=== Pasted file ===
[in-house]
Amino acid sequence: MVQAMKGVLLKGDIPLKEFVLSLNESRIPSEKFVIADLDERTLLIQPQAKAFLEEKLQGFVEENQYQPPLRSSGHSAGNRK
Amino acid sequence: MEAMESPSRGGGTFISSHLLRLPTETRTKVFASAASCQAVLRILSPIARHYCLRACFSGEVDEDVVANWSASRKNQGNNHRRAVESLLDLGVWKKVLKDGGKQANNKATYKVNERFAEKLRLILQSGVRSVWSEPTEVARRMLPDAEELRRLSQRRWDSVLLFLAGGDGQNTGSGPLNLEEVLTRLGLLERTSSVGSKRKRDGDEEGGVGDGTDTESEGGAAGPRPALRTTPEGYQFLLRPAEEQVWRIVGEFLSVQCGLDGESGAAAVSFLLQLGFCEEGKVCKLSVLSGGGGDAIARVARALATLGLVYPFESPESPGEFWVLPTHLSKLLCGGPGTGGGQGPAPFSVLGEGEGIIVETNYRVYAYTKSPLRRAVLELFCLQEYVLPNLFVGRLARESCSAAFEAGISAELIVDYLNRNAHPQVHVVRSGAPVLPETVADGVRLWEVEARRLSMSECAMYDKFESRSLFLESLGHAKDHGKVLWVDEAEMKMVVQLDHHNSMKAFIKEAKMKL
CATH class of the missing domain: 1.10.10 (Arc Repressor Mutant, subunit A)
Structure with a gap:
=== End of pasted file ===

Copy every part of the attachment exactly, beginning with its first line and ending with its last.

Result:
[in-house]
Amino acid sequence: MVQAMKGVLLKGDIPLKEFVLSLNESRIPSEKFVIADLDERTLLIQPQAKAFLEEKLQGFVEENQYQPPLRSSGHSAGNRK
Amino acid sequence: MEAMESPSRGGGTFISSHLLRLPTETRTKVFASAASCQAVLRILSPIARHYCLRACFSGEVDEDVVANWSASRKNQGNNHRRAVESLLDLGVWKKVLKDGGKQANNKATYKVNERFAEKLRLILQSGVRSVWSEPTEVARRMLPDAEELRRLSQRRWDSVLLFLAGGDGQNTGSGPLNLEEVLTRLGLLERTSSVGSKRKRDGDEEGGVGDGTDTESEGGAAGPRPALRTTPEGYQFLLRPAEEQVWRIVGEFLSVQCGLDGESGAAAVSFLLQLGFCEEGKVCKLSVLSGGGGDAIARVARALATLGLVYPFESPESPGEFWVLPTHLSKLLCGGPGTGGGQGPAPFSVLGEGEGIIVETNYRVYAYTKSPLRRAVLELFCLQEYVLPNLFVGRLARESCSAAFEAGISAELIVDYLNRNAHPQVHVVRSGAPVLPETVADGVRLWEVEARRLSMSECAMYDKFESRSLFLESLGHAKDHGKVLWVDEAEMKMVVQLDHHNSMKAFIKEAKMKL
CATH class of the missing domain: 1.10.10 (Arc Repressor Mutant, subunit A)
Structure with a gap: